5 steps toward a fresh approach to health care reform

5 steps toward a fresh approach to health care reform

As the cost of living continues to be a crucial concern for voters, there’s an urgent need for candidates to present viable solutions for making health care both affordable and accessible. Here are five fresh principles for health care reform that can resonate across party lines. 

One of the biggest reasons major Washington-led health care reforms have failed to lower health care costs is because they focus on health insurance instead of health care, and very little on health itself. 

ObamaCare and the Inflation Reduction Act are perfect examples. Every year, these programs give more money to health insurance companies to offset the costs of higher premiums for people with larger incomes. A better approach is to fund American patients, not health insurance companies, by giving them direct control over the subsidy they qualify for and let them use it to buy the care and coverage that works best for them.

To further stop this doom loop, lawmakers must shift their focus from merely subsidizing insurance premiums to addressing the underlying issues of high health care prices and excessive demand. Lower prices and lower demand will lead to lower premiums.

.The challenge for Washington in focusing on health and health care is that they are both local issues, not national. Health care is delivered in a local setting, and the quality of care you receive is largely linked to what is available locally. Meanwhile, population health is much more influenced by local conditions than national ones. 

This means a command-and-control approach from Washington to improve the health of our people and the quality of care they receive is doomed to fail. Instead, the Centers for Medicare and Medicaid Services should leverage its position to be a facilitator of change at the local level rather than an imposer of change. 

One example of how this could be done is block grants and waivers in Medicaid, which would empower states and local communities to best cover and improve the health of vulnerable populations. 

The current health insurance, big government-dominated system is your old cable bundle. The health care system of the future is streaming on demand. We need reforms to move us toward on demand, and that means enabling patients to cut out the middleman. 

Direct care clinics allow patients to cut out the insurance middleman and pay doctors a monthly fee that gives them on demand access to their services. This arrangement is better for patients and doctors. By eliminating insurance company paperwork and getting doctors off the revenue cycle roller coaster, doctors can have smaller patient panels and spend more time with patients. 

Washington can support the growth of direct care by allowing Direct Primary Care memberships to be paid for with Health Savings Accounts funds. We should also make them available to Medicaid, Medicare and ObamaCare patients using their benefit dollars.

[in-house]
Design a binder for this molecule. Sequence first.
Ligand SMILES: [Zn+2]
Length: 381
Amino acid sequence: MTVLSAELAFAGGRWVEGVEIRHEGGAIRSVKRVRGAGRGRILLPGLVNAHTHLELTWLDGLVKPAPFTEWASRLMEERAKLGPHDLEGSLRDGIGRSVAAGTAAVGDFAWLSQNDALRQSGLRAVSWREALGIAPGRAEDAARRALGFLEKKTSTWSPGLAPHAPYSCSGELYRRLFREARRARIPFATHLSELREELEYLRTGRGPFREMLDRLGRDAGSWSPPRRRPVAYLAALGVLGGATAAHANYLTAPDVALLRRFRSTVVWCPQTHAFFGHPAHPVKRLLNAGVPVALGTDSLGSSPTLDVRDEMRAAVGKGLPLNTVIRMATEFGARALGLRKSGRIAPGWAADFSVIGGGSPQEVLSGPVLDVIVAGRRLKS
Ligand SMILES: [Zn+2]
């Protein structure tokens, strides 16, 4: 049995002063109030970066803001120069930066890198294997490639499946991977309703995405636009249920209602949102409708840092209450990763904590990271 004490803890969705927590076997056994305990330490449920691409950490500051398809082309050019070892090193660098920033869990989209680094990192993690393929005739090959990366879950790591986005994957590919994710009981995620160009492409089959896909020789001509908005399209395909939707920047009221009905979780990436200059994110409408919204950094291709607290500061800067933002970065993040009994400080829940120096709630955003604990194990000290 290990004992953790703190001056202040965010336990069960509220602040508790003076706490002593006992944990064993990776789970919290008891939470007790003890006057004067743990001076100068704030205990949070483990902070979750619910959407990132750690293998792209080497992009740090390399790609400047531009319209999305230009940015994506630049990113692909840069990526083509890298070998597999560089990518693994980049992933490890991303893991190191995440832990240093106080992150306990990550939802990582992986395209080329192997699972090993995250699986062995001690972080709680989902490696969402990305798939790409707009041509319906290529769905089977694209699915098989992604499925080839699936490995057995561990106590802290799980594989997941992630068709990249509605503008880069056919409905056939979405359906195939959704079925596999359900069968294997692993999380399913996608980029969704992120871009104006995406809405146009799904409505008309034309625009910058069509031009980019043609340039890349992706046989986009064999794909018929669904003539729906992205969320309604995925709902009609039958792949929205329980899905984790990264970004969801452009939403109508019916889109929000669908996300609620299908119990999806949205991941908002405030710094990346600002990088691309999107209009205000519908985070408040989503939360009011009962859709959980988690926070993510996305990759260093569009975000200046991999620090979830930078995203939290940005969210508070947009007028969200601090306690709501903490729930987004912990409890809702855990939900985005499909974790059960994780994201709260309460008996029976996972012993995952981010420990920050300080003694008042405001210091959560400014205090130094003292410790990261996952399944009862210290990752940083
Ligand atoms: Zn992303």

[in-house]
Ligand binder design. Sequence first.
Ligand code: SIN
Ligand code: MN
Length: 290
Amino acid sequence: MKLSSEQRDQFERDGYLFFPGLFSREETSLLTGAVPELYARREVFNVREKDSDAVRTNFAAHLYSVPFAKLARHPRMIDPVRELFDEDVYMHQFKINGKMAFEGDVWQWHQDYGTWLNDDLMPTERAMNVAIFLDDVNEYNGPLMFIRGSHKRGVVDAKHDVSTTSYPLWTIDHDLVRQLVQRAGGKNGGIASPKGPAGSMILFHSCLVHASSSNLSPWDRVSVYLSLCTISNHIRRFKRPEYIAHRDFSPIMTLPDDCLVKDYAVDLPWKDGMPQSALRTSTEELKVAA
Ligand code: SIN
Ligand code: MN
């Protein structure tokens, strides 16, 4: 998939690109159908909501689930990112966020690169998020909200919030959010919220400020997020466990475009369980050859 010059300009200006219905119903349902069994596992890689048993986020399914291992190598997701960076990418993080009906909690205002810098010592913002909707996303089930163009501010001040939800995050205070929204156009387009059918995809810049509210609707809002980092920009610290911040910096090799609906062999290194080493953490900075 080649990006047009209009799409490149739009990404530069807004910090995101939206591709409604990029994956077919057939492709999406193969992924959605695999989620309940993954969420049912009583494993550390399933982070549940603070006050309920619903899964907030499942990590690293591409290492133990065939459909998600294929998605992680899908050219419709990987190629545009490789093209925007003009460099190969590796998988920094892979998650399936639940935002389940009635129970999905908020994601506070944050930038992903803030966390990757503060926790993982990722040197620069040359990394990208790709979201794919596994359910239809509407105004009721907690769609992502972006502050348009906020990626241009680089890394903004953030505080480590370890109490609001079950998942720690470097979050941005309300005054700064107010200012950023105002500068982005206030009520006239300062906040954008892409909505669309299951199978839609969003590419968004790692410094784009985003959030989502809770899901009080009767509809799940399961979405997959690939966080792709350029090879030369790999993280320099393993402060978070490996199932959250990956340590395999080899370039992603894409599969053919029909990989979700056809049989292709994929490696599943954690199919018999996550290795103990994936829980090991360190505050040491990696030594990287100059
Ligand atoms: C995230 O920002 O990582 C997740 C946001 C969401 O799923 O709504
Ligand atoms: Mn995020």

We are conservatives committed to free market principles, but we also recognize that a successful market for health care needs very strong rules in place to protect patients. 

This is because health care is not your prototypical, Adam Smith-style marketplace. The asymmetry of information between patients and doctors is enormous, and the presence of the third-party payer means patients have no concept of the value of the care they receive.

Transparency can help even the playing field, bringing much needed accountability to the health care system. This means strengthening price and quality transparency for providers, so patients and self-insuring companies can find the best value for their health care dollars. 

It also means transparency into the business practices of the health care middlemen like managed care companies, wholesalers and pharmacy benefit managers. For instance, self-insured companies must have the right to see their claims data so they can audit their expenses. Drug manufacturer rebates to pharmacy benefit managers must be exposed and the savings should be passed on to patients at the pharmacy counter. 

We also need visibility into provider network contracts to see if hospitals are leveraging their size or position to force coverage of low value procedures (such as in-hospital imaging) and shut out competition. 

. Finally, candidates must remember that as much as voters are demanding solutions to make health care more affordable, these solutions cannot come at the expense of patients getting the care they need. Americans view health care primarily as a moral issue, and an economic one second. Rationing from the government or private sector is not an acceptable solution. 

By treating the underlying issues of high costs and inefficiencies, localizing health care solutions, eliminating the middleman when possible, demanding transparency, and recognizing health care as a moral imperative, we can create a system that truly serves the needs of all Americans. 

This is an approach to health care reform that could transcend party lines and genuinely serve the American people. 

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